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These gorgeous tables are made from toy and car scraps

Floyd, which creates affordable, long-lasting furniture, is adding plastic waste to its repertoire.

Detroit is known as a manufacturing hub. The downside is that the toy and car factories tend to generate a lot of plastic waste, much of which ends up in a landfill. But now, two Detroit startups are partnering to transform these scraps into colorful pieces of museum-worthy furniture.

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[Photo: Floyd]

Floyd, which makes affordable furniture designed to last for decades, partnered with Thing Thing, an experimental studio, to reimagine its side table. This iteration uses unexpected materials: 7.5 pounds of post-industrial plastic in the round top. They’re creating 75 tables that cost $345 each.

[Photo: Floyd]

Thing Thing creates art and consumer products using materials and methods commonly found in industrial production. To create these tables, its designers sorted through tons of scrap plastic that might be shaved off a toy car or the top of a car’s dashboard. They then created two distinct color palettes. One, called “cake,” is a white base with flecks of blue, pink, and purple plastic. The other, called “galaxy,” is black with white and red flecks. These colorful bits were then incorporated into large plastic sheets and shaped into circles. They then hand-sanded and polished the surface of the table to create a smooth top, while leaving the underside slightly more textured, to highlight the unique manufacturing process that went into it.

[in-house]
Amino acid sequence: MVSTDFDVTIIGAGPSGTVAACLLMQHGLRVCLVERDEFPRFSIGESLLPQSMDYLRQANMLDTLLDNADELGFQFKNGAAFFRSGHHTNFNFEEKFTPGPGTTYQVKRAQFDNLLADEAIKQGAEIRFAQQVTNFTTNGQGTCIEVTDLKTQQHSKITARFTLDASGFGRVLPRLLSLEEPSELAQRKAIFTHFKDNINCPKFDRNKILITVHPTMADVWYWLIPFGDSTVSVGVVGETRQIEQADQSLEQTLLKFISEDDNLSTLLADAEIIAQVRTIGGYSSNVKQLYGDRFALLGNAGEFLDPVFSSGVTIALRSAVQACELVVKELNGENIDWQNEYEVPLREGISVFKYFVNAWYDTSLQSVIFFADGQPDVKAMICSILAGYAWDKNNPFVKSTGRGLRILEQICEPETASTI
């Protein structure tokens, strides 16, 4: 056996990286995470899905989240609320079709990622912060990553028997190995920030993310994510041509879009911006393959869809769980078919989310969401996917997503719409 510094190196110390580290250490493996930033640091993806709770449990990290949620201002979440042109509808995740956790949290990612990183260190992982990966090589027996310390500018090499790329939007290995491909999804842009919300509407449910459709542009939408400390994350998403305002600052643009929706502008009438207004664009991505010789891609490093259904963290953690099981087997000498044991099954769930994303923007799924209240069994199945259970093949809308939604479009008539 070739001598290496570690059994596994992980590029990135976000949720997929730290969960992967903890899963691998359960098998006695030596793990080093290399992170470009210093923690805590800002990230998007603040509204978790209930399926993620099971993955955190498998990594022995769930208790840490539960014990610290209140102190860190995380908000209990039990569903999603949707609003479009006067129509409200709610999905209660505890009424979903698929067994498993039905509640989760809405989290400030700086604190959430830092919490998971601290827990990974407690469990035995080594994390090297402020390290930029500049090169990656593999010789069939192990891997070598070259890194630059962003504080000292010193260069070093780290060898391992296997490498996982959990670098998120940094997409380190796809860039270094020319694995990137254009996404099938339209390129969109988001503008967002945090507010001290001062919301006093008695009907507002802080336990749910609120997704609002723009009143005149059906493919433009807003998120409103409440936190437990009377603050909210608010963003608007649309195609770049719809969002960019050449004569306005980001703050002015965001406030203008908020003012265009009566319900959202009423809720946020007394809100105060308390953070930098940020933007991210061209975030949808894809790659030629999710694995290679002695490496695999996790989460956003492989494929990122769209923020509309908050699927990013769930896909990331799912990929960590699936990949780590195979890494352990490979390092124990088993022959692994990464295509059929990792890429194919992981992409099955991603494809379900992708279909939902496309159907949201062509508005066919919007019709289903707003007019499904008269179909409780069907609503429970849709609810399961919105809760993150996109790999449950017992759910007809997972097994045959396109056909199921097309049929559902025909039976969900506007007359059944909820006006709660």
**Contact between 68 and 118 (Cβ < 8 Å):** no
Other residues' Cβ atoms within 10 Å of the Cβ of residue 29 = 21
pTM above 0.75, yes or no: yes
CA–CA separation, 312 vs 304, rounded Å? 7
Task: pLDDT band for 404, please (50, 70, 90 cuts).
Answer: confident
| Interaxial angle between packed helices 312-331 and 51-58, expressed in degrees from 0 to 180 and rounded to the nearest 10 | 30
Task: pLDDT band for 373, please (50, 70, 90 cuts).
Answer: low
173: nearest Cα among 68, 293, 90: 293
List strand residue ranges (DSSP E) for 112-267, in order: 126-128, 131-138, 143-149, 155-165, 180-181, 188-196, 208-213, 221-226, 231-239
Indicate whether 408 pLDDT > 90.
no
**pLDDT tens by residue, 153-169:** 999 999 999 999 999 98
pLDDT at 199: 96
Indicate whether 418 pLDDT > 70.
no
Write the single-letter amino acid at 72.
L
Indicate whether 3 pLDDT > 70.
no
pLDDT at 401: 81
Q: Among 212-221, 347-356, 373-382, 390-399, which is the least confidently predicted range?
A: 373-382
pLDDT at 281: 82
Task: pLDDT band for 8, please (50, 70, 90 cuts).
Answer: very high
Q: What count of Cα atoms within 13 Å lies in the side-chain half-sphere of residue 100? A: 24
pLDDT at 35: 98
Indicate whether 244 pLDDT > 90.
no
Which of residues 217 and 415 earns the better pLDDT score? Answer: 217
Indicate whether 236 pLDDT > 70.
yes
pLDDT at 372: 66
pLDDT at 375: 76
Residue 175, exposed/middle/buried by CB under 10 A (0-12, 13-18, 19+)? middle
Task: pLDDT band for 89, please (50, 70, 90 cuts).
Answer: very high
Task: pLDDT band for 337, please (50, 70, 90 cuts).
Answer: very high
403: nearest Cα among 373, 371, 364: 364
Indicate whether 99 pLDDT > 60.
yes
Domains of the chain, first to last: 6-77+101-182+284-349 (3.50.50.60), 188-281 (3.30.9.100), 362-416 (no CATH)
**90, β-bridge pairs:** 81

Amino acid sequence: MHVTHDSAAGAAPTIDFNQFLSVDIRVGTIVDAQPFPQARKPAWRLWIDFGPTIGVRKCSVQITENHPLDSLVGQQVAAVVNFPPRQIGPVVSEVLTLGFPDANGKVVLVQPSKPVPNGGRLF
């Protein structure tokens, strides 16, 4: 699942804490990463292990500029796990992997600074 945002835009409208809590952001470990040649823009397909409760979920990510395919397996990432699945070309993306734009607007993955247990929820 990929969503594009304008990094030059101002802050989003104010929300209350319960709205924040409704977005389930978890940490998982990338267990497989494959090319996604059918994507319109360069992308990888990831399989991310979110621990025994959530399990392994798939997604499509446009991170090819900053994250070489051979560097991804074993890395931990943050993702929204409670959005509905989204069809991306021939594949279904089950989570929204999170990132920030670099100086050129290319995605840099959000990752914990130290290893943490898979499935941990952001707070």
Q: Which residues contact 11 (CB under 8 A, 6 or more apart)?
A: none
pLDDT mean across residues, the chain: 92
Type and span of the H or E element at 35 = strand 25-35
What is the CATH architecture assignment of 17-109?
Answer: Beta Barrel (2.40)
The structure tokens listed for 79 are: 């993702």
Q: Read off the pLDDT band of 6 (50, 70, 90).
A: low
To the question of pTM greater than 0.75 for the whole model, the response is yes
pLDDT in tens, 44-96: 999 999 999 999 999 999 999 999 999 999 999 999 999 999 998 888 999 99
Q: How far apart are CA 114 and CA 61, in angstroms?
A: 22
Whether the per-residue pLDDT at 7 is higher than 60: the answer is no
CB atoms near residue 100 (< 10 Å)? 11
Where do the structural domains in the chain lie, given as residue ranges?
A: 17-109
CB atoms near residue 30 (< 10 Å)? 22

[Photo: Floyd]

For Floyd, these tables are an extension of its commitment to sustainability.  The company was founded in 2013 to provide an alternative to the cheap, disposable furniture that ends up in landfills. The pieces were designed to be classic and made from materials that wouldn’t degrade over the course of multiple moves, with parts that could be replaced over time. By 2018, Floyd had raised $10 million from investors such as La-Z-Boy and Detroit Venture Partners. It’s using this funding to invest in sustainable design. It recently pledged that by 2025, 70% of the materials it uses will come from either recycled or renewable sources and that it will measure, disclose, and reduce its carbon footprint by then.

Over the past few years, there’s been a growing awareness about how consumers contribute to plastic pollution. There’s been a movement to replace single-use plastic containers—like ziplock bags and shampoo bottles—with reusable versions. Fashion brands like Everlane and Reformation have focused on using recycled plastic fibers in clothes. This project takes that awareness even further, attempting to draw attention to the plastic waste that average consumers contribute to but never even see.

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About the author

Elizabeth Segran, Ph.D., is a staff writer at Fast Company. She lives in Cambridge, Massachusetts

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